Nonanimal Training Methods U.S. Military Could Be Using
An Animal Rights Article from


Physicians Committee
August 2009

Because widely validated and accepted nonanimal alternatives for chemical casualty care and combat trauma training courses exist, there is no justification for the use of live animals for these training purposes.

This use of animals in military medical courses constitutes a violation of the Department of Defense’s own joint regulation on animal welfare, which states that alternatives must be considered and used if available and also explicitly prohibits inflicting wounds on nonhuman primates.

Because widely validated and accepted nonanimal alternatives for chemical casualty care and combat trauma training courses exist, there is no justification for the use of live animals for these training purposes.

Chemical Casualty Care Training

Superior nonanimal, human-based training methods exist that could immediately replace the use of vervet monkeys in the U.S. Army’s “Chemical Casualty Resuscitation Practical Exercise.”

  • Researchers with the Israel Defense Forces Medical Corps and Israel’s Carmel Medical Center have developed a nonanimal training curriculum for the medical management of patients exposed to nuclear, biological, and chemical weapons. The course includes lectures, simulation training, and the use of moulage, in which actors with applied makeup mimic the symptoms of chemical warfare casualties.
  • John Pawlowski, M.D., Ph.D., director of anesthesia at Beth Israel Deaconess Medical Center in Boston and assistant professor at Harvard Medical School, has organized numerous scenarios that simulate mass casualty incidents and nerve gas attacks. These scenarios use human patient simulators, which mimic human responses to biological and nerve agents—including physostigmine—and moulage. Similar models are used at medical centers across the United States to prepare personnel for mass casualty incidents in the case of a terrorist attack.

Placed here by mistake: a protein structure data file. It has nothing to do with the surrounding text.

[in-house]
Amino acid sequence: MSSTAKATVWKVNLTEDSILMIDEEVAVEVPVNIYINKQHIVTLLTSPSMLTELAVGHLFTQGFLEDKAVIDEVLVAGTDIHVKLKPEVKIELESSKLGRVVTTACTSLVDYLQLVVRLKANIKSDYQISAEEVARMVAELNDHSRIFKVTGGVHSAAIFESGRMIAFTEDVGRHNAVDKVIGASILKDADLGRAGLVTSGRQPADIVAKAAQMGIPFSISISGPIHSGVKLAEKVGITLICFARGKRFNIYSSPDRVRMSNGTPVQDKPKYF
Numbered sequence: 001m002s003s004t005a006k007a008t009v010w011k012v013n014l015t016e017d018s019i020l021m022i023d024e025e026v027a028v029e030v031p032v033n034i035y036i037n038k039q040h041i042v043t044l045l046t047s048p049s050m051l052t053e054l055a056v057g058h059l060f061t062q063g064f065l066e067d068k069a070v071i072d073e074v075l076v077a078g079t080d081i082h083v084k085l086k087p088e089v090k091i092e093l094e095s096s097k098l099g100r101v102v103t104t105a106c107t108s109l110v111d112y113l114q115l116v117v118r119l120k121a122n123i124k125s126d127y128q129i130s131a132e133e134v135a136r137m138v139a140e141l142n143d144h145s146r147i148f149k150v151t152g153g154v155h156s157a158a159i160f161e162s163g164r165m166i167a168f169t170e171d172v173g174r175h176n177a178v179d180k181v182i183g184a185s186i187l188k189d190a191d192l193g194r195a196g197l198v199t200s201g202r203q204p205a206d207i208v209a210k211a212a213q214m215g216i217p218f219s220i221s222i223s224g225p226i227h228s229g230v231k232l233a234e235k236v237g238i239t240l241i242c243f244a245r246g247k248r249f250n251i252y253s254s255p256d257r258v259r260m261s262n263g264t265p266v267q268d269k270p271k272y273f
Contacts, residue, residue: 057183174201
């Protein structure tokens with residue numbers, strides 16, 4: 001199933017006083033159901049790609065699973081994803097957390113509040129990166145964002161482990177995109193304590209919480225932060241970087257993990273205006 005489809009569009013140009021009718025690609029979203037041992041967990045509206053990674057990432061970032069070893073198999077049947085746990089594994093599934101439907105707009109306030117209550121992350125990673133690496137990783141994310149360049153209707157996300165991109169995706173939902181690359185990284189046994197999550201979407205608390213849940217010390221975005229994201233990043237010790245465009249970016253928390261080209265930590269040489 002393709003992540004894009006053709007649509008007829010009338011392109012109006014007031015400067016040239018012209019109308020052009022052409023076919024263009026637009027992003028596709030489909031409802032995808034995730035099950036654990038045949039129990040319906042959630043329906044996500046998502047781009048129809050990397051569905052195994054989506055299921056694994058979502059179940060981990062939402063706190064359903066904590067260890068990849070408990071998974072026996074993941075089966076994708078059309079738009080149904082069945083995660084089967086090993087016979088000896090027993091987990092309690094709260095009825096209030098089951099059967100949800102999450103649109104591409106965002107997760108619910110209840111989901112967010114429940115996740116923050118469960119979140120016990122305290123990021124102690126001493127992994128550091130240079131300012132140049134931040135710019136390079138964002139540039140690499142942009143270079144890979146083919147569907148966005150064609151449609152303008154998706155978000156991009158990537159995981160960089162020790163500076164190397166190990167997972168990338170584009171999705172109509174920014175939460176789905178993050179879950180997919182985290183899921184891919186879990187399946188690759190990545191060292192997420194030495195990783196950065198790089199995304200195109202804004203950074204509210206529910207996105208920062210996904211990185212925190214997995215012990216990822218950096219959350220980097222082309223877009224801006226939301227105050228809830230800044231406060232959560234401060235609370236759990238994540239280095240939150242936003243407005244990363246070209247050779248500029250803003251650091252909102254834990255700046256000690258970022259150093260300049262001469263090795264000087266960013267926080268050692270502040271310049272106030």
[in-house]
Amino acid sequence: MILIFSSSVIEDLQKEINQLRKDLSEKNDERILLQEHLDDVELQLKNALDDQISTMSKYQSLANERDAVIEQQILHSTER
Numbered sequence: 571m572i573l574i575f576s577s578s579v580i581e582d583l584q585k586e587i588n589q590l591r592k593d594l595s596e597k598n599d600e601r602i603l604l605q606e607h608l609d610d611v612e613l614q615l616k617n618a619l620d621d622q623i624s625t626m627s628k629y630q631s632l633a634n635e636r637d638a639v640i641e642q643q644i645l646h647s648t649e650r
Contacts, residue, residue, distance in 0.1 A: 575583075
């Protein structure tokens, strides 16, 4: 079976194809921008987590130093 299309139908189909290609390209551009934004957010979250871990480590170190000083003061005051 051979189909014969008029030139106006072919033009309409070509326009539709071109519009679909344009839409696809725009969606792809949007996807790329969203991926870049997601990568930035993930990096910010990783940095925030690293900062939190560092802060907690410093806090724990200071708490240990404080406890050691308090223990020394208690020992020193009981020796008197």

Combat Trauma Training

At least three different approaches to combat trauma training are necessary because different types of skills and levels of knowledge are required of three distinct groups. In each case, nonanimal training methods could replace the use of goats, pigs, and other animals.

  • Physicians and Physician Assistants: The most important elements of combat trauma training for physicians and physician assistants are realism, human-specific injuries and treatments, volume of trauma exposure, and team building. The ideal trauma and casualty training method is exposure to real injuries in humans, such as that provided by the participation of U.S. military medical teams at high-volume trauma centers. The Army Trauma Training Center has been described as providing “exposure to a high volume of traumatic injuries that closely mimic those seen on the battlefield.” In addition, the Air Force’s Center for Sustainment of Trauma and Readiness Skills (C-STARS) program exemplifies how effective trauma training can be achieved by combined use of simulators, human cadavers, and civilian trauma centers. At centers in St. Louis, Cincinnati, and Baltimore, C-STARS courses teach chest tube insertion using simulators, fasciotomy using cadavers, and a number of other procedures using live human patients who enter trauma centers with severe injuries.
  • Medics and Corpsmen: The re-creation of battlefield scenarios remains an integral element to the training of medics and corpsmen. The ideal training paradigm for medics and corpsmen combines simulation tools, immersive simulated environments, and civilian trauma center training. The use of live animals is inferior to simulation for specific skills training and inferior to trauma centers for human-specific training similar to the battlefield experience. The U.S. Army’s own Combat Trauma Patient Simulator has been described as “simulating, replicating, and assessing battlefield injuries by type and category such as hemorrhaging, fractures, amputations, and burns; monitoring the movement of casualties on the battlefield; capturing the time of patient diagnosis and treatment; comparing interventions and outcomes ateach military healthcare service delivery level.”
  • Infantry: In the absence of a medic or corpsman, an infantryman’s job is to control hemorrhaging, stabilize soldiers who have sustained injuries, and generally render care at the scene of the injury—likely while still under hostile fire. Optimal first responder training for infantry includes the use of simulators such as Laerdal’s SimMan, CHI Systems’ HapMed limb simulator, and/or other simulators. These human anatomy-appropriate teaching methods can be used in conjunction with simulation of austere battlefield environments.

Take action: Ask Your Congressperson to Co-sign Rep. Hank Johnson’s Letter to the Army to End Military Animal Testing.

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